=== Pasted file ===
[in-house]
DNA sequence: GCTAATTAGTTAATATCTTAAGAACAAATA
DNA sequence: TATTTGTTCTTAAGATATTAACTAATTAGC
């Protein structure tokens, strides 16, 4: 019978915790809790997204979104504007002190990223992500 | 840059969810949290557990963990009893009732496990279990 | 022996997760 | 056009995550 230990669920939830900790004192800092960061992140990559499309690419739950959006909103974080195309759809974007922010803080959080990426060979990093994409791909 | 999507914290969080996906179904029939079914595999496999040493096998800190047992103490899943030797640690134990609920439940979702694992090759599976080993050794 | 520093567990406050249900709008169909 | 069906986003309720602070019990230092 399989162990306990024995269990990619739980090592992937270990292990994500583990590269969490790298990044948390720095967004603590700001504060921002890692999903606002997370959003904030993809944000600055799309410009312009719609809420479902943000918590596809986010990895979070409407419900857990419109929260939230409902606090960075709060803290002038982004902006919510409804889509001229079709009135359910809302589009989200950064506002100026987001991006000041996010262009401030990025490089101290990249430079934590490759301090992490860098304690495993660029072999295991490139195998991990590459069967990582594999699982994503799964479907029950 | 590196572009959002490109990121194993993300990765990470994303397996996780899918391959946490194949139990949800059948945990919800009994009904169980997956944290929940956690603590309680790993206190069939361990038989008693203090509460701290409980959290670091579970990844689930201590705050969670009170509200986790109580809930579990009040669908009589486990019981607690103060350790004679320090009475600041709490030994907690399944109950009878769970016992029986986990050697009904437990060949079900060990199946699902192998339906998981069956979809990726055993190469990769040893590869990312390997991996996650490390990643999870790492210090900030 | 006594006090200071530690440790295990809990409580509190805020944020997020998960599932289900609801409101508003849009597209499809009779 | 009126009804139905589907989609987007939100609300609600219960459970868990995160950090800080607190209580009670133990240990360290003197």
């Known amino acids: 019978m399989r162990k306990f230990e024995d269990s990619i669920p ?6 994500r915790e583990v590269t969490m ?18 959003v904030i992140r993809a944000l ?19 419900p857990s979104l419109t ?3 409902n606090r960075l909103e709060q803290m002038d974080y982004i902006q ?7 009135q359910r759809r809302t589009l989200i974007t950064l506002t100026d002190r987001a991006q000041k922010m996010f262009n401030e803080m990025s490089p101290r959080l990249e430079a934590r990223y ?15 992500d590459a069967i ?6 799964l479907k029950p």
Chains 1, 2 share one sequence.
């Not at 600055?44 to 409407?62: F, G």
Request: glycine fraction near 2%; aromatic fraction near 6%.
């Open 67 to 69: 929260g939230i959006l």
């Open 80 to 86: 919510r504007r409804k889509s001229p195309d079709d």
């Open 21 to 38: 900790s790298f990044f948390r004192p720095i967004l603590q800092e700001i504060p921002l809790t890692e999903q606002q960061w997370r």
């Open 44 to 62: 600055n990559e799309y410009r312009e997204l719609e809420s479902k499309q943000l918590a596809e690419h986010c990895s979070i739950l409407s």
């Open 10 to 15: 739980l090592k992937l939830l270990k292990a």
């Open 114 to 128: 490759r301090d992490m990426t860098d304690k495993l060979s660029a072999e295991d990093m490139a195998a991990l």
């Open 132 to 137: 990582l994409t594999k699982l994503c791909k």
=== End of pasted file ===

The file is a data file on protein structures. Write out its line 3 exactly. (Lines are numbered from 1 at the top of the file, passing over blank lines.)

DNA sequence: TATTTGTTCTTAAGATATTAACTAATTAGC